Figure 3. Pathologic findings. (A) Hematoxylin-eosin stained preparation demonstrates skeletal muscle with an infiltrate of cells with epithelioid morphology arranged in sheets, strands and nests. (B) On higher magnification, the neoplastic cells have pleomorphic ovoid nuclei with prominent central nucleoli and moderate to abundant, focally densely eosinophilic cytoplasm (arrows). (C) Immunohistochemical stains show that the neoplastic cells are positive for Melan-A, S100 and SOX10. The neoplastic cells are negative for cytokeratins (CAM5.2 and AE1/A3), and pan-leukocyte marker CD45. CD45 is expressed in lymphocyte aggregates adjacent to the tumor.


Ocular melanoma accounts for 3 to 4 percent of all melanomas. These tumors most commonly present in the uveal tract, but can also arise in the conjunctiva and ocular adnexa.1 Orbital melanoma can occur via direct invasion from a uveal or conjunctival primary tumor or as metastasis from a distant site, usually in the setting of widespread systemic disease.1 Primary orbital melanoma (POM) is exceedingly rare.2 

POM accounts for less than 1 percent of all primary orbital malignancies, with fewer than 90 cases reported in the literature to date.2-3 POM is thought to arise from melanocytes of the leptomeninges or ciliary nerves or from ectopic nests of orbital melanocytes and is often associated with the nevus of Ota (90 percent), orbital melanocytosis (50 percent) or cellular blue nevus.2-4 The most common presenting signs and symptoms are unilateral proptosis (73 percent), decreased visual acuity (32 percent), periorbital pain (14 percent), diplopia (15 percent) and palpable mass (9 percent). Imaging often shows a well-circumscribed enhancing lesion, resembling a benign tumor or AV malformation.3 On MRI, they may exhibit the unique characteristic of T1W hyperintensity and T2W hypointensity, attributed to melanin’s paramagnetic properties.5 This is not true of amelanotic melanomas, which was the case in our patient, making the biopsy diagnosis even more surprising.5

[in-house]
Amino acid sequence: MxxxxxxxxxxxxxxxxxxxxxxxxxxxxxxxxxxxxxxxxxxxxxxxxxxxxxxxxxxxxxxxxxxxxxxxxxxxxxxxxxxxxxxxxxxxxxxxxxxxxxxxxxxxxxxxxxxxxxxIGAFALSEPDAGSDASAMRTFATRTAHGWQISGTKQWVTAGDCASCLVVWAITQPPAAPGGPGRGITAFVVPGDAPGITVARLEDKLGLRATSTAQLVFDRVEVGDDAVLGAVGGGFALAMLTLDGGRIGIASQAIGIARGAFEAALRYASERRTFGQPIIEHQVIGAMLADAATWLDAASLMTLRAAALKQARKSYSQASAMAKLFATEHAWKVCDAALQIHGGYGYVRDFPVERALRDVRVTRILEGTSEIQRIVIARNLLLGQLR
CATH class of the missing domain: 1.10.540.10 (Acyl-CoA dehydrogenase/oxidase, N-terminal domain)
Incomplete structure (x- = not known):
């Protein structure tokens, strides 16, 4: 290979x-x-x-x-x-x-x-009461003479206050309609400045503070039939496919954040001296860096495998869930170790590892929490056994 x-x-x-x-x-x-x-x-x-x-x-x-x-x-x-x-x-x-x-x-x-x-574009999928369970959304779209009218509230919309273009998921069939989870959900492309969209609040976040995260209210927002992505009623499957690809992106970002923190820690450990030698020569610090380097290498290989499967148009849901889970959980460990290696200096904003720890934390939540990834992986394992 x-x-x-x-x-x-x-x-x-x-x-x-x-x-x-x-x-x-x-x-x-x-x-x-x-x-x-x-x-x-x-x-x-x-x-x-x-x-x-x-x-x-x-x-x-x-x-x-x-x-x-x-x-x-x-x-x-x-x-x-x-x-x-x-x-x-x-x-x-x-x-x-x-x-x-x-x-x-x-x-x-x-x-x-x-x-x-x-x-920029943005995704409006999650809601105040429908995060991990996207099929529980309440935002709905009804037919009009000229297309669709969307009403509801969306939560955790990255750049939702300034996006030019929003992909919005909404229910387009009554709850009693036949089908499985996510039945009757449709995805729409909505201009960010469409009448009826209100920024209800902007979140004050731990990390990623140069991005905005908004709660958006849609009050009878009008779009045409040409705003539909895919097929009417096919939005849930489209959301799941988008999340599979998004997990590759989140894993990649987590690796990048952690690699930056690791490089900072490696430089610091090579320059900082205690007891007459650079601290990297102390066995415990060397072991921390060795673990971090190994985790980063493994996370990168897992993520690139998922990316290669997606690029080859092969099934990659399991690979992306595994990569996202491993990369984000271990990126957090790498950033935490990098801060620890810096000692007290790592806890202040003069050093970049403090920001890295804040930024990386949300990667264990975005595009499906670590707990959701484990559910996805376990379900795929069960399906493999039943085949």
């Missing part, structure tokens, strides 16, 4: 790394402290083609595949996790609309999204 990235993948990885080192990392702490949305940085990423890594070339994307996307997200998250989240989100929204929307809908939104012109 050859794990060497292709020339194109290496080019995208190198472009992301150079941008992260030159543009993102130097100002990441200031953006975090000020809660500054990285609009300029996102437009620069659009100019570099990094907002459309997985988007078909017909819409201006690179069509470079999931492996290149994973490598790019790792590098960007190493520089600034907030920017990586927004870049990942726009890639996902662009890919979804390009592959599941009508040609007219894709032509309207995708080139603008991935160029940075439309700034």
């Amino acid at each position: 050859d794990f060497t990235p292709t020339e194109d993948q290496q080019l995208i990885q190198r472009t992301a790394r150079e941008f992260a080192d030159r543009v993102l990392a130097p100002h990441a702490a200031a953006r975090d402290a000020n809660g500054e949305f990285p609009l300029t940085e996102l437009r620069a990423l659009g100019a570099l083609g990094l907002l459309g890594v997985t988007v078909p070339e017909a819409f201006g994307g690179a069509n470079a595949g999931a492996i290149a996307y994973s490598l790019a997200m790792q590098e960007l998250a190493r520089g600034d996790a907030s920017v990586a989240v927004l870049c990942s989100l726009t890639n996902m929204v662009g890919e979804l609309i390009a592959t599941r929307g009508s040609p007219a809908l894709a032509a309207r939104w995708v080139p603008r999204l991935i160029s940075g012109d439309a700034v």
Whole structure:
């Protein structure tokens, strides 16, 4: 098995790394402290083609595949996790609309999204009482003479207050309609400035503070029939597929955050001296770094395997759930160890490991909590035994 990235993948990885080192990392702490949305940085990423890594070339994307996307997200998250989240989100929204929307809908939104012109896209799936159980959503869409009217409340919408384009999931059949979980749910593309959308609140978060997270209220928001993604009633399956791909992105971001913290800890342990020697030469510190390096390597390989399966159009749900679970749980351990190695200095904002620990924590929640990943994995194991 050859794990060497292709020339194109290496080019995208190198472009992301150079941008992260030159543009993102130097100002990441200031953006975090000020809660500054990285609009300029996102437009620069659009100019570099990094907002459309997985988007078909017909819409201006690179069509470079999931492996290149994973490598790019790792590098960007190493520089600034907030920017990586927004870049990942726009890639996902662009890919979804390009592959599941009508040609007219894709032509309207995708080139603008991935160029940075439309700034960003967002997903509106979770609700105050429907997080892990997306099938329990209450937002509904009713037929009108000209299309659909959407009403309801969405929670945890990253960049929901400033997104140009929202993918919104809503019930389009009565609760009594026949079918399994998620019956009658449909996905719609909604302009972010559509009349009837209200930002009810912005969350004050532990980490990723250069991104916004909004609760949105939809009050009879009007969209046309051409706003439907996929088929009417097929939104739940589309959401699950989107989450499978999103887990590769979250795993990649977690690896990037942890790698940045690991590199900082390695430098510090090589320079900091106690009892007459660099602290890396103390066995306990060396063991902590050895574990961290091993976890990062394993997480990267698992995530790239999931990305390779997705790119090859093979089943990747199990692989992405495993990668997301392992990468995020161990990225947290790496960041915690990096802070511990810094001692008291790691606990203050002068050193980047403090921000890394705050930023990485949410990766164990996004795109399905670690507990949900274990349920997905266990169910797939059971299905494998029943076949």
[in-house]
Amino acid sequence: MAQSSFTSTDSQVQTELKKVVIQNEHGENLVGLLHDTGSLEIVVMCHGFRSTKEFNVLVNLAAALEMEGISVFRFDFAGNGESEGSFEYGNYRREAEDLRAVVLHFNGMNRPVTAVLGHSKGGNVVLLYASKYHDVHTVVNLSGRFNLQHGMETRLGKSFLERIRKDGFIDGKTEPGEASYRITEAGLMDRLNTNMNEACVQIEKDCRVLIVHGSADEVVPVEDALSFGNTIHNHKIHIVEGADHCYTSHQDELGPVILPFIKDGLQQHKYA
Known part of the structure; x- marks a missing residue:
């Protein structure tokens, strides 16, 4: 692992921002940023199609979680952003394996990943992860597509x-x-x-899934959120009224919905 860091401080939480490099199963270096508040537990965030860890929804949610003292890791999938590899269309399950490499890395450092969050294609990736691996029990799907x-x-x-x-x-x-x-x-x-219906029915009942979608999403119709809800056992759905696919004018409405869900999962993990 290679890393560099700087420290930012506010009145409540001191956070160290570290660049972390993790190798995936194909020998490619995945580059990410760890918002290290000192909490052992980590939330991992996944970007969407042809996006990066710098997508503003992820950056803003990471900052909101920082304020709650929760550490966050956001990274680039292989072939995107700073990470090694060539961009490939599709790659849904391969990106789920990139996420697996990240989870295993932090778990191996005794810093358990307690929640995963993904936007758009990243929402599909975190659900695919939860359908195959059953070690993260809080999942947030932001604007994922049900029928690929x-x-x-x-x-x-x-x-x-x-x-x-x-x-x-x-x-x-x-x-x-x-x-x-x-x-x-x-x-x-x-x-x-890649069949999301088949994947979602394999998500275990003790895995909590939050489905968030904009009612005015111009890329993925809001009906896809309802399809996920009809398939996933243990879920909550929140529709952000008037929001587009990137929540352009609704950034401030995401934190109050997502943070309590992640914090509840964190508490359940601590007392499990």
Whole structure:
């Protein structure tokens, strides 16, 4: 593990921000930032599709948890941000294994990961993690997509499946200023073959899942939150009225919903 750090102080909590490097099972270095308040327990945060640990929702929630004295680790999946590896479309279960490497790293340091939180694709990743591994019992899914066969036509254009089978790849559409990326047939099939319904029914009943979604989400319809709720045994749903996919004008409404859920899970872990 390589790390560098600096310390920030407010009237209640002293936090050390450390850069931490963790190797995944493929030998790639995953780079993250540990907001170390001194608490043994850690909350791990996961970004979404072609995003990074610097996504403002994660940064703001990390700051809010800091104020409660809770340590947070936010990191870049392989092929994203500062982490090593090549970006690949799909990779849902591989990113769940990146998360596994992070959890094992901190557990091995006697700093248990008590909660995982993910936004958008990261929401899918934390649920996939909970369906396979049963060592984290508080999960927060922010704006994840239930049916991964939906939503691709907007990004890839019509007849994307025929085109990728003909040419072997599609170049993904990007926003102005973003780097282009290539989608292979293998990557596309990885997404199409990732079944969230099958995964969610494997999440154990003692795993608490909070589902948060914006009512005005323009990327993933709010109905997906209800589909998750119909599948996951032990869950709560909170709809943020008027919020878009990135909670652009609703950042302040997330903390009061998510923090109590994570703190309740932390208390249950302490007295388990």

Genetic profiling of melanomas has been helpful in determining tumor origin and targeted therapy. In general, cutaneous and conjunctival melanomas harbor UV-signature mutations and exhibit a high mutational burden. Cutaneous and conjunctival melanomas are frequently enriched in MAPK, KIT, TERT, PDL-1, BRAF and/or NRAS mutations.6-7 In contrast, uveal melanoma has a lower mutational burden, with frequent mutations in GNAQ, GNA11, EIF1AX, SF3B1 and BAP1.6,8-10 Little has been reported on genetic profiling of POM. A recent study described the genetic profiles of six cases of POM, dividing them into two subgroups: uveal-melanoma-like group (expressing GNAQ, GNA11 and SF3B1 mutations) and conjunctival-melanoma-like group (expressing NRAS, TERTp).11 The authors postulated that the proximity of the tumor to the conjunctiva and thus UV damage dictates the genetic mutations.11 Newer data is demonstrating that there is more overlap between cutaneous, mucosal, conjunctival and uveal melanomas, making it difficult to establish the origin conclusively from genetic profiling alone.7,12-14

Treatment choice for POM is difficult and patients often have a poor prognosis. In a combined review of a total of 88 cases, most patients had orbital exenteration (57 percent) or excision/debulking (38 percent); half received radiation (mostly external beam or proton beam), and 14 percent received chemotherapy.3 Regardless of the selected regimen, patients often had a poor prognosis, with 36 percent developing metastasis, 15 percent developing recurrence and a 32-percent mortality at three-year follow-up.3 

In the presented case, genetic profiling revealed a high mutational burden, NRAS and TERT mutations and PDL1 positivity, with no evidence of GNAQ, GNA11, SF3B1 and BAP1 mutations, compatible with a cutaneous-like or conjunctival melanoma-like mutational signature. Yet, comprehensive examination and imaging studies didn’t identify a primary site or other foci of metastatic disease. Thus, although an occurrence of primary orbital melanoma involving the EOM without pre-existing nevoid component is highly concerning for metastasis, POM emerged as a diagnosis of exclusion. 

Treatment of the presented patient required a multidisciplinary approach. In addition to surgical resection, our patient also received adjuvant immunotherapy. Although CTLA-4 and PD-1 inhibitors are widely used in cutaneous melanoma, they’ve shown less promise in ocular melanomas.3 There’s a body of literature demonstrating disappointing results in uveal melanoma and mediocre results in conjunctival melanoma.15-16 It’s believed that the small mutation burden in uveal melanoma causes decreased recognition by immune cells and explains this lack of benefit to checkpoint inhibitors.1,17 However, given that the high mutational burden in our patient was similar to that of cutaneous melanoma, adjuvant immunotherapy was pursued. Experience with immune checkpoint inhibitors in POM has yet to be published.

In this review, we report a case of primary orbital melanoma presenting as unilateral lid edema and proptosis and summarize the limited literature about the clinical and histopathologic diagnosis of this rare entity. Our case offers additional insight into the use of genetic profiling for guiding diagnosis and treatment, and for understanding what prognosis to expect. Particularly, we highlight the promising role of adjuvant immunotherapy in POM.